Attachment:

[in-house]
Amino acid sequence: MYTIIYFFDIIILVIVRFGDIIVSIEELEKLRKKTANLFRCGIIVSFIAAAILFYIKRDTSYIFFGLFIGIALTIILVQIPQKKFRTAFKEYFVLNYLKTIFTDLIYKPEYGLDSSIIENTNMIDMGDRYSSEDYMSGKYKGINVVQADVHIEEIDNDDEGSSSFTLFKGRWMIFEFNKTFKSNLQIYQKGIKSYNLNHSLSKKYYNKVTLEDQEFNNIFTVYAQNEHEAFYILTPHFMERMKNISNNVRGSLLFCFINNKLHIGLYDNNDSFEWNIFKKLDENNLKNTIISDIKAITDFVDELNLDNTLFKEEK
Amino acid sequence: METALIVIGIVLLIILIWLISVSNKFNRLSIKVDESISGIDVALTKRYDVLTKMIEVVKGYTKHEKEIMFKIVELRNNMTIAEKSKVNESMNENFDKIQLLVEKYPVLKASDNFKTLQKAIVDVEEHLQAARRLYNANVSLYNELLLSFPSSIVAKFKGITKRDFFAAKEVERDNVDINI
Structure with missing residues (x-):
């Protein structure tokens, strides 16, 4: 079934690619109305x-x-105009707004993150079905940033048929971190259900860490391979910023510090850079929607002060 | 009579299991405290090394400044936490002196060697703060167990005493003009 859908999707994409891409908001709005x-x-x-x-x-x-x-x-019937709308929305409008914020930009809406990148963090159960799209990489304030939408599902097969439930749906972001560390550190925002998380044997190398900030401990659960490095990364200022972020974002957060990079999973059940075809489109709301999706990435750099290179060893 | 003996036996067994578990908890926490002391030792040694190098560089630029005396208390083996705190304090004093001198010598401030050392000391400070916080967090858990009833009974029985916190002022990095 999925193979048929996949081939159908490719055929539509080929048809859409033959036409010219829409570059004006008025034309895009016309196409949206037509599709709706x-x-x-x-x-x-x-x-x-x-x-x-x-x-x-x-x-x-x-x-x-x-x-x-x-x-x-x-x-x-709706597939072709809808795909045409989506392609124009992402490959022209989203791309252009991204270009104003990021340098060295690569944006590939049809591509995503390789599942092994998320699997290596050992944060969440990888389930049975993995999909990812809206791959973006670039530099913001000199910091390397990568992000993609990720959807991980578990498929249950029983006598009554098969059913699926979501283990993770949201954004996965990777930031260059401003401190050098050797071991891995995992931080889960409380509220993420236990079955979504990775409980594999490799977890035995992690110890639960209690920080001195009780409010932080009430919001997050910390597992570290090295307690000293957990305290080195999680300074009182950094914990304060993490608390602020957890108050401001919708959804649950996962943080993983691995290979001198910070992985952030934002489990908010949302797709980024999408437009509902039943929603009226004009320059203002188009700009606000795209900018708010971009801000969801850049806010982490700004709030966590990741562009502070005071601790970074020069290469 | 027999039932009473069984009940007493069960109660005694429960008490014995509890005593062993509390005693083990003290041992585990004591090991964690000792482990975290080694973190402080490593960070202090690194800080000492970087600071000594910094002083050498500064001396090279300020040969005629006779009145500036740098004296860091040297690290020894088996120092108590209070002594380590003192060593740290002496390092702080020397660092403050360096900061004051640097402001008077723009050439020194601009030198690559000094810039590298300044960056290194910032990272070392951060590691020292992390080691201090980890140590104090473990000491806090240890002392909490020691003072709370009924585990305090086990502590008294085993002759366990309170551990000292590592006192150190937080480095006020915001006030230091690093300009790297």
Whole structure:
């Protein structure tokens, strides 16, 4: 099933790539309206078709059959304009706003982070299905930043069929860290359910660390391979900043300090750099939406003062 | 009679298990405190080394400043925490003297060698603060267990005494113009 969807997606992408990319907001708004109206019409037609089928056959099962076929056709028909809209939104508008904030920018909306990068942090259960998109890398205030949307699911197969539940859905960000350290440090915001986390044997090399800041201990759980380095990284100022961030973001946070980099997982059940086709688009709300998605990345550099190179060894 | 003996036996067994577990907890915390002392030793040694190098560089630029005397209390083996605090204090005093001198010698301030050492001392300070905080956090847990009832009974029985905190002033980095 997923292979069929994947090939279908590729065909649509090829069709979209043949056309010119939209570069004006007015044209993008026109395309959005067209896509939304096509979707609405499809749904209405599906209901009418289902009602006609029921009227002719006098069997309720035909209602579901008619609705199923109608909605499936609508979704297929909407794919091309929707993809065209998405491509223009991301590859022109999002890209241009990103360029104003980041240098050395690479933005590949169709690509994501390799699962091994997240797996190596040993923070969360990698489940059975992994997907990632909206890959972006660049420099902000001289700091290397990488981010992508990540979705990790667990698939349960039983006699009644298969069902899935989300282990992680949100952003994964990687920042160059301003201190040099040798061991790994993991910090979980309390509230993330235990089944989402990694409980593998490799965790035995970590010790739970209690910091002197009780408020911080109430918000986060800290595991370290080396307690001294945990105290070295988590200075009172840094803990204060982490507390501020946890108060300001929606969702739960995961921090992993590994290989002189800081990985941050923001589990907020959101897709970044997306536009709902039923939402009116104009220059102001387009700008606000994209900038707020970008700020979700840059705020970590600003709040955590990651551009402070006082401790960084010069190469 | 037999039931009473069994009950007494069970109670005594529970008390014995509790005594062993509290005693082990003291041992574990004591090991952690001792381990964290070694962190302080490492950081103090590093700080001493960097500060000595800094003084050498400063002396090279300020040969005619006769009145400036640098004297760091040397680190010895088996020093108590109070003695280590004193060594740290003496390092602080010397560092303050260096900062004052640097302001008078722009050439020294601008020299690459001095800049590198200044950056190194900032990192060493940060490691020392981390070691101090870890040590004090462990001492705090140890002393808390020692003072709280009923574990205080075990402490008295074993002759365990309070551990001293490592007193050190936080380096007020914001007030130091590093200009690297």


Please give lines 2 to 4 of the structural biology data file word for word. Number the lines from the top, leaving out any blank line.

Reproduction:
Amino acid sequence: MYTIIYFFDIIILVIVRFGDIIVSIEELEKLRKKTANLFRCGIIVSFIAAAILFYIKRDTSYIFFGLFIGIALTIILVQIPQKKFRTAFKEYFVLNYLKTIFTDLIYKPEYGLDSSIIENTNMIDMGDRYSSEDYMSGKYKGINVVQADVHIEEIDNDDEGSSSFTLFKGRWMIFEFNKTFKSNLQIYQKGIKSYNLNHSLSKKYYNKVTLEDQEFNNIFTVYAQNEHEAFYILTPHFMERMKNISNNVRGSLLFCFINNKLHIGLYDNNDSFEWNIFKKLDENNLKNTIISDIKAITDFVDELNLDNTLFKEEK
Amino acid sequence: METALIVIGIVLLIILIWLISVSNKFNRLSIKVDESISGIDVALTKRYDVLTKMIEVVKGYTKHEKEIMFKIVELRNNMTIAEKSKVNESMNENFDKIQLLVEKYPVLKASDNFKTLQKAIVDVEEHLQAARRLYNANVSLYNELLLSFPSSIVAKFKGITKRDFFAAKEVERDNVDINI
Structure with missing residues (x-):